• Whelton PK, Carey RM, Aronow WS, et al; 2017 ACC/AHA/AAPA/ABC/ACPM/AGS/APhA/ASH/ASPC/NMA/PCNA Guideline for the Prevention, Detection, Evaluation, and Management of High Blood Pressure in Adults: Executive Summary: A Report of the American College of Cardiology/American Heart Association Task Force on Clinical Practice Guidelines. Hypertension. 2018 Jun71(6):1269-1324. doi: 10.1161/HYP.0000000000000066. Epub 2017 Nov 13.

  • Hermida RC, Ayala DE, Mojon A, et al; Decreasing sleep-time blood pressure determined by ambulatory monitoring reduces cardiovascular risk. J Am Coll Cardiol. 2011 Sep 658(11):1165-73. doi: 10.1016/j.jacc.2011.04.043.

  1. Guirguis-Blake JM, Evans CV, Webber EM, et al; Screening for Hypertension in Adults: Updated Evidence Report and Systematic Review for the US Preventive Services Task Force. JAMA. 2021 Apr 27325(16):1657-1669. doi: 10.1001/jama.2020.21669.

  2. Tse T, Wu B, Vagholkar S, et al; Revisiting ambulatory blood pressure monitoring. Aust J Gen Pract. 2022 Aug51(8):636-638. doi: 10.31128/AJGP-10-21-6217.

  3. Huang QF, Yang WY, Asayama K, et al; Ambulatory Blood Pressure Monitoring to Diagnose and Manage Hypertension. Hypertension. 2021 Feb77(2):254-264. doi: 10.1161/HYPERTENSIONAHA.120.14591. Epub 2021 Jan 4.

  4. Posokhov IN, Kulikova NN, Starchenkova IV, et al; The "Pulse Time Index of Norm" highly correlates with the left ventricular mass index in patients with arterial hypertension. Vasc Health Risk Manag. 2014 Mar 1910:139-44. doi: 10.2147/VHRM.S58351. eCollection 2014.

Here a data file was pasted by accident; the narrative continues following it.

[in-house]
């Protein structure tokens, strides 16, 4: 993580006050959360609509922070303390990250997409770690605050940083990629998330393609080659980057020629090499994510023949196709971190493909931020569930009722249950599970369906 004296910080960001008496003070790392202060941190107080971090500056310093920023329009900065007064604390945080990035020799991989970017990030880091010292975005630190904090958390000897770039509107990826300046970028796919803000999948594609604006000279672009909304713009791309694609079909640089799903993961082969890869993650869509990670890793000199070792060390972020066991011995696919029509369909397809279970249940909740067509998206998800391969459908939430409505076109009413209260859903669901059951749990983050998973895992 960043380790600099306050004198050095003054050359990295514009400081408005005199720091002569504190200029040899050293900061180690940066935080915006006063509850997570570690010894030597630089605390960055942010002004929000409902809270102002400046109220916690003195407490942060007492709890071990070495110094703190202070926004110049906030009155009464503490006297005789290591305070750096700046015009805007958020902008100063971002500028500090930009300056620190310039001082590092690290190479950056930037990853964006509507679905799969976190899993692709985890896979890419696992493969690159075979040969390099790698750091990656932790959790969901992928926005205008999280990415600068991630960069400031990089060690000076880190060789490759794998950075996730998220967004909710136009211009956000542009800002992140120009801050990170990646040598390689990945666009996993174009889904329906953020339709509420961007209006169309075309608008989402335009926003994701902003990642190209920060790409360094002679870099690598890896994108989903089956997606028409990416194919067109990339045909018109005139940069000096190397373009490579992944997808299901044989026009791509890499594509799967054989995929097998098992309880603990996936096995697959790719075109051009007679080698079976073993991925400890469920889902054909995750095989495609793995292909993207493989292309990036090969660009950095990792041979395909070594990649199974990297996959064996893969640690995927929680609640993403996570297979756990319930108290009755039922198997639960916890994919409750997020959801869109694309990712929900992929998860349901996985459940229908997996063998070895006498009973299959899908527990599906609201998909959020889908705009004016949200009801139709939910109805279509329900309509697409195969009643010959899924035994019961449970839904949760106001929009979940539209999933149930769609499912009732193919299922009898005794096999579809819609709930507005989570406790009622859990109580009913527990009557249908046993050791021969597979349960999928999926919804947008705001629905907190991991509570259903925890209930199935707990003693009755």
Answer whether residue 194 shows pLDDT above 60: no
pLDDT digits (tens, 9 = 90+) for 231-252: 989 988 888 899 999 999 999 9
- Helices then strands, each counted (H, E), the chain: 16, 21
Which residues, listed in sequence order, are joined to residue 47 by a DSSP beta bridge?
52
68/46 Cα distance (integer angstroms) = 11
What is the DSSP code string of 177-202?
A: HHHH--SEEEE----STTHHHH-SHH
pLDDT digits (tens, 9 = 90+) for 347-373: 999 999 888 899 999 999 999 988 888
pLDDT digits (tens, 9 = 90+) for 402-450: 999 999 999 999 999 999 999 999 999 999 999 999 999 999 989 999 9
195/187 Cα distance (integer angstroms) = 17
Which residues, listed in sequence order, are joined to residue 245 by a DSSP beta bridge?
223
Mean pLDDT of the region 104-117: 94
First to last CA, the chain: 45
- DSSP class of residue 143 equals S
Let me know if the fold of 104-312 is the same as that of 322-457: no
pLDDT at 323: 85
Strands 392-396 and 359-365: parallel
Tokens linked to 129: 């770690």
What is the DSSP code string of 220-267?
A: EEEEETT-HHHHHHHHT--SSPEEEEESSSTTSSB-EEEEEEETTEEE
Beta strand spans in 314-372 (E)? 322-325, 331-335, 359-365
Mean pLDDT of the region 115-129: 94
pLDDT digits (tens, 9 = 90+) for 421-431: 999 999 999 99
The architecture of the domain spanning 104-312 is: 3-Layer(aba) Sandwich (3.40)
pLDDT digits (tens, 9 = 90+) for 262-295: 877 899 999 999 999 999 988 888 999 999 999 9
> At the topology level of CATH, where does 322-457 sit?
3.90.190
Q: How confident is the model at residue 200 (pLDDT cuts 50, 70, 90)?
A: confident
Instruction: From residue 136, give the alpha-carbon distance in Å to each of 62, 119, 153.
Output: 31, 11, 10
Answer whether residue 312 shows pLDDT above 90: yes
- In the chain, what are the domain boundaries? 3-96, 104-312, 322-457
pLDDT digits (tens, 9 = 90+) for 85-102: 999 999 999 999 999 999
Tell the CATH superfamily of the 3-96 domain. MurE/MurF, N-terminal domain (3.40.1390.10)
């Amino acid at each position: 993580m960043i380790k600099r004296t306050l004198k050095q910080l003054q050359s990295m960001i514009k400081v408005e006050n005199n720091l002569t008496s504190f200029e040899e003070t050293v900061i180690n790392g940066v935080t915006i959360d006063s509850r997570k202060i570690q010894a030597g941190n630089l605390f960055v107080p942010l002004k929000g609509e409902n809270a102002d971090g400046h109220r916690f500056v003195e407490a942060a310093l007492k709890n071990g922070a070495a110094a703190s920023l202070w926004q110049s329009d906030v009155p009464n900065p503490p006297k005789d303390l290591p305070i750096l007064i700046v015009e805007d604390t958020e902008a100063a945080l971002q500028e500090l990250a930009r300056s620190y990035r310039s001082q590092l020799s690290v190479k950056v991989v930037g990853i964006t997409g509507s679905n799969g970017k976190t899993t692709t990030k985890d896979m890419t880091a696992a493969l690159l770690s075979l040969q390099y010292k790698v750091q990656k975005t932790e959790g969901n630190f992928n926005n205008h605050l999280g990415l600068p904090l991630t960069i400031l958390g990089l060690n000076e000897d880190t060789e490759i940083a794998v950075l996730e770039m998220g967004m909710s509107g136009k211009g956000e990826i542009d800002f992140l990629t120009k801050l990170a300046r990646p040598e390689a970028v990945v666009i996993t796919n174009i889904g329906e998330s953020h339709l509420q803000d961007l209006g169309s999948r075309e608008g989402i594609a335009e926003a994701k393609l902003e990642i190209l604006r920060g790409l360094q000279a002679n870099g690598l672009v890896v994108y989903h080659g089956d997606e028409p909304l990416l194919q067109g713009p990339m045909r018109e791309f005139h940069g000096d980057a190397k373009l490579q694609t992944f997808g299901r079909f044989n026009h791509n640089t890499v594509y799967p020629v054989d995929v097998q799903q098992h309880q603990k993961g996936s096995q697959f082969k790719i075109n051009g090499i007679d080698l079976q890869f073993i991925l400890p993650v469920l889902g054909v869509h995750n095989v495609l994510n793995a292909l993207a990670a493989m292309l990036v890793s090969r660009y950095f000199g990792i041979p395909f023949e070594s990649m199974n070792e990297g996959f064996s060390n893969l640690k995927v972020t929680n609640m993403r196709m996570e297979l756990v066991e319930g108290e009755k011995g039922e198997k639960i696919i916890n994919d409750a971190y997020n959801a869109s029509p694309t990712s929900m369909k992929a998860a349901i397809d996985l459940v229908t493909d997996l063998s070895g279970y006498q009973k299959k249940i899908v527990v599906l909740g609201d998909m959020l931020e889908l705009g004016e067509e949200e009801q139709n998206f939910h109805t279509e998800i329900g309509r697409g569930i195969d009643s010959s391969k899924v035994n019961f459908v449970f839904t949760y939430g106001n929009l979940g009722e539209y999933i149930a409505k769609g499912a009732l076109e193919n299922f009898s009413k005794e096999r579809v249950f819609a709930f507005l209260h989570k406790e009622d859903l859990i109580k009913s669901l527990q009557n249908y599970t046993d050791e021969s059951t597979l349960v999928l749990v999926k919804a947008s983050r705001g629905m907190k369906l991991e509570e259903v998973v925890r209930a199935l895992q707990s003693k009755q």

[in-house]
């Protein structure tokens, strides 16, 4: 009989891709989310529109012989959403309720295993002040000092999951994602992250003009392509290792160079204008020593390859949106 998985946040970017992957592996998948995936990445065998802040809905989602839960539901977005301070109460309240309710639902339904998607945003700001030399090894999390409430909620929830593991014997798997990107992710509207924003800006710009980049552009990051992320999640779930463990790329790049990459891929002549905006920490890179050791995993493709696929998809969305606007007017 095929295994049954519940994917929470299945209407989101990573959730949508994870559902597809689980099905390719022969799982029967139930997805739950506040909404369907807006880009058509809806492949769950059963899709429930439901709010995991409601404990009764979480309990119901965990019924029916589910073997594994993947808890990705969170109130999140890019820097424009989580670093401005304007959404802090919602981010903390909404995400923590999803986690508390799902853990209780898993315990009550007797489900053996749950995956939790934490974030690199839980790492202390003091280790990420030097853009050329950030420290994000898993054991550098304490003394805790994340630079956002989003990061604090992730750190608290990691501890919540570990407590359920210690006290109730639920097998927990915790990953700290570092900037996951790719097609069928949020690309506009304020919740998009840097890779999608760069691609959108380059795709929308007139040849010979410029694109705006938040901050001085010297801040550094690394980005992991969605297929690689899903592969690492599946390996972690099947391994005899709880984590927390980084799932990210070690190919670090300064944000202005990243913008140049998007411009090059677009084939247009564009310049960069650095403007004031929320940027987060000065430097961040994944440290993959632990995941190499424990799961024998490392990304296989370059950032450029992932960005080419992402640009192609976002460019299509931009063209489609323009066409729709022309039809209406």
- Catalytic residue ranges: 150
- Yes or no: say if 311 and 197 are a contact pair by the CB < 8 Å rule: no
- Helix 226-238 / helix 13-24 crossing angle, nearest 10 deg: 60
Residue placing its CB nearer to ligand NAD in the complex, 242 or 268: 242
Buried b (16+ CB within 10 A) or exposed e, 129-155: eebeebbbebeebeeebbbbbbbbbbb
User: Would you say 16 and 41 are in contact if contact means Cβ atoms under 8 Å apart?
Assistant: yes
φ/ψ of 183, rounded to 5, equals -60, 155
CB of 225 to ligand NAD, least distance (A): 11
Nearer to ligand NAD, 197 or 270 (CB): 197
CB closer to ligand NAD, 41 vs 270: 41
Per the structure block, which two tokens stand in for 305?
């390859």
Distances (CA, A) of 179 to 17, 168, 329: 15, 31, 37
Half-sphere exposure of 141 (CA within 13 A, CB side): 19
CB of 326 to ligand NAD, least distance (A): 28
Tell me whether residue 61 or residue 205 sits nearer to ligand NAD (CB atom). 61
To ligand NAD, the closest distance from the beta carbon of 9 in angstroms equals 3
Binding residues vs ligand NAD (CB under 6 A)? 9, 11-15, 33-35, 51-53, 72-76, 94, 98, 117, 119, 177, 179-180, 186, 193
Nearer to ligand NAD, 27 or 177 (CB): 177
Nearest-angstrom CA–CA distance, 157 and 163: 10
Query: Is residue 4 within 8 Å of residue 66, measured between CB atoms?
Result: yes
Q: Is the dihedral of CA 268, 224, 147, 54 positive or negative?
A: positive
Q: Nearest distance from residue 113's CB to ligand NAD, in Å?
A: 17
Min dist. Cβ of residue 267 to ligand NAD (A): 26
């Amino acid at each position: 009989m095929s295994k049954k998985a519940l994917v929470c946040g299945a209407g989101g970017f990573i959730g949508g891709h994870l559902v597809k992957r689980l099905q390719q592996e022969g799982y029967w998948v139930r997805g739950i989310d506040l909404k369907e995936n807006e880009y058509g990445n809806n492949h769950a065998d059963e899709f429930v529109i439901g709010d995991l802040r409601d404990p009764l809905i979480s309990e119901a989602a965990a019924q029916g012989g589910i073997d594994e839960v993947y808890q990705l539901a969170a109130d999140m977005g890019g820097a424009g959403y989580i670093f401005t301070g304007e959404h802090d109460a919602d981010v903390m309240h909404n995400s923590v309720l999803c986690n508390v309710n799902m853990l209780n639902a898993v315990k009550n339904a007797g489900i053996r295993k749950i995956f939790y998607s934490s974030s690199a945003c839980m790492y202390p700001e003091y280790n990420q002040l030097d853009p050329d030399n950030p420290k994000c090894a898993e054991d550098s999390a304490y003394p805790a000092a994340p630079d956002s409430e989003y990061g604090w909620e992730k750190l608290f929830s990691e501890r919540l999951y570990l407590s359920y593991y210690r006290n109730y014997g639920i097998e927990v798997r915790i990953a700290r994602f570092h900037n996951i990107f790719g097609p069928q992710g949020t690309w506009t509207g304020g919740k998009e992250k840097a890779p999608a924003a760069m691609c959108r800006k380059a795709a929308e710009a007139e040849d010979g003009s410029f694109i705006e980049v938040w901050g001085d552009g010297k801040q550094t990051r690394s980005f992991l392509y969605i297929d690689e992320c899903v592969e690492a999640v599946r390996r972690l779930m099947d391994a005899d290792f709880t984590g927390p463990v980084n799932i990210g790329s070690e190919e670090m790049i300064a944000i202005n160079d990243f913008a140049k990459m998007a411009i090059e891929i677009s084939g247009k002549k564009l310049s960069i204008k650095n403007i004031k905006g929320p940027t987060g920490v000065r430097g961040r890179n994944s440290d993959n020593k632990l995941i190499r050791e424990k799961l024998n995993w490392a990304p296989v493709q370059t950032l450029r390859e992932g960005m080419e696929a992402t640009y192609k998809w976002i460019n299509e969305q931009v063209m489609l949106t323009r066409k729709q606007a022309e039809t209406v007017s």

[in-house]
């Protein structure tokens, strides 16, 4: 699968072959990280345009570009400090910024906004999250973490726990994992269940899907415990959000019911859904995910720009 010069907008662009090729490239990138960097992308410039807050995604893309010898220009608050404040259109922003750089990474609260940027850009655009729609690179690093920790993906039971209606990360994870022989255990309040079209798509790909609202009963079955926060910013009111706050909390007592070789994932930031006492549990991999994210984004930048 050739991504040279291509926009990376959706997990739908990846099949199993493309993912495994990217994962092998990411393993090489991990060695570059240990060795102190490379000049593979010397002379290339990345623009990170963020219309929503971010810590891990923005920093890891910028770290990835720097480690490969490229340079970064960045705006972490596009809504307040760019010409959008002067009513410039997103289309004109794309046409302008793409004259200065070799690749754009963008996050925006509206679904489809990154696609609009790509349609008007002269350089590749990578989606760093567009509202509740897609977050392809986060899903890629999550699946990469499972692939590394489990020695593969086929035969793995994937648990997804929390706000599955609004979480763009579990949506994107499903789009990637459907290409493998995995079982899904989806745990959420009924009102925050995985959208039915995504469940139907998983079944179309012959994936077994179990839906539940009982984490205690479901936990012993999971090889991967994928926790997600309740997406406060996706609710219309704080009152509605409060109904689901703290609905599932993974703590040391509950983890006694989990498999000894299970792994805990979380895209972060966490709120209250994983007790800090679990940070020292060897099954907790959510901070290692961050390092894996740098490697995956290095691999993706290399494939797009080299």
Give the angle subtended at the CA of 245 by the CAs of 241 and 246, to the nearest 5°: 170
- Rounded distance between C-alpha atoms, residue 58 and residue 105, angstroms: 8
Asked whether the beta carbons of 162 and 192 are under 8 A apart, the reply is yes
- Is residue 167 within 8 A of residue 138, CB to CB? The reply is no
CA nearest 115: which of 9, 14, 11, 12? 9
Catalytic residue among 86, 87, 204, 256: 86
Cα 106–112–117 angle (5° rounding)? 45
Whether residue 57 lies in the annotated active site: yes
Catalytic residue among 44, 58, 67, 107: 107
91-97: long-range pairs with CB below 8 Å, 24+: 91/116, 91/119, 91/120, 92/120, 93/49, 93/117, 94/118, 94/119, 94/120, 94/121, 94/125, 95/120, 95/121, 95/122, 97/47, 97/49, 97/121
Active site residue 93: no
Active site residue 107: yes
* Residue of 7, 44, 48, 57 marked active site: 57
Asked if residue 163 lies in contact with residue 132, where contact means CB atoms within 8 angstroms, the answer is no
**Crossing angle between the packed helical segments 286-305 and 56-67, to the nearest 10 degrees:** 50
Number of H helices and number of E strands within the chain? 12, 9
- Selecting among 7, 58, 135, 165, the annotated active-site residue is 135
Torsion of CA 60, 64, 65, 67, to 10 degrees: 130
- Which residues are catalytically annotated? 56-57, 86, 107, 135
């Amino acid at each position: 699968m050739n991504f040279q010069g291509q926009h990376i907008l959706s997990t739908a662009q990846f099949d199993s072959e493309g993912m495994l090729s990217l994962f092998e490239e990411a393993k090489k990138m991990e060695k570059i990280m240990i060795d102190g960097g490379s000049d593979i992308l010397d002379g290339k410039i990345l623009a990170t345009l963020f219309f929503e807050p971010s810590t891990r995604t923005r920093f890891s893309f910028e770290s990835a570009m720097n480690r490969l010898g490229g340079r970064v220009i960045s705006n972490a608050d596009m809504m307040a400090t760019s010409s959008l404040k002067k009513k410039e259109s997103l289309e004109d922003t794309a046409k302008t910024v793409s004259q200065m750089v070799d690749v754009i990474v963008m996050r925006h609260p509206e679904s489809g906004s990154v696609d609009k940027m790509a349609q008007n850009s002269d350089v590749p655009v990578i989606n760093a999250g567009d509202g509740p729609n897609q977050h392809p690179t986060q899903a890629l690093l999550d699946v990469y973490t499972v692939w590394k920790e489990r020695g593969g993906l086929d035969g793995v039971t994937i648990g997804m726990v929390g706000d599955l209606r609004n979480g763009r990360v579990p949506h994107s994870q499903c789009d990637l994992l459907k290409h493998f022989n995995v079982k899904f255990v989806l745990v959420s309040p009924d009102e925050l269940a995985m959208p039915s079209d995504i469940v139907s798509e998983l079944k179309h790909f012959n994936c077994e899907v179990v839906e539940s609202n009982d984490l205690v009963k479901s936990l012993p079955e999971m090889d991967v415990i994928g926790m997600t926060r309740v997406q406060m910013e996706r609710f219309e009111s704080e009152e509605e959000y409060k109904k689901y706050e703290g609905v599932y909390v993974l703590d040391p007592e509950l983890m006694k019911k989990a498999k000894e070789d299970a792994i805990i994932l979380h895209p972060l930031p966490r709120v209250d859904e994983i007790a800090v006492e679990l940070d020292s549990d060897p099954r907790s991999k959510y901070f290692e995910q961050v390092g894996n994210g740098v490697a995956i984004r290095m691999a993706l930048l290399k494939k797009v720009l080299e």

5. O'Brien E, Parati G, Stergiou G, et al; European Society of Hypertension position paper on ambulatory blood pressure monitoring. J Hypertens. 2013 Sep31(9):1731-68. doi: 10.1097/HJH.0b013e328363e964.

  6. CKS Hypertension; NICE CKS, February 2023 (UK access only)

  7. Hypertension in adults: diagnosis and management; NICE (August 2019 - last updated March 2022)

  8. Cepeda M, Pham P, Shimbo D; Status of ambulatory blood pressure monitoring and home blood pressure monitoring for the diagnosis and management of hypertension in the US: an up-to-date review. Hypertens Res. 2023 Mar46(3):620-629. doi: 10.1038/s41440-022-01137-2. Epub 2023 Jan 5.

  9. Mahabala C, Kamath P, Bhaskaran U, et al; Antihypertensive therapy: nocturnal dippers and nondippers. Do we treat them differently? Vasc Health Risk Manag. 20139:125-33. doi: 10.2147/VHRM.S33515. Epub 2013 Mar 24.

  10. Altikardes ZA, Kayikli A, Korkmaz H, et al; A novel method for dipper/non-dipper pattern classification in hypertensive and non-diabetic patients. Technol Health Care. 201927(S1):47-57. doi: 10.3233/THC-199006.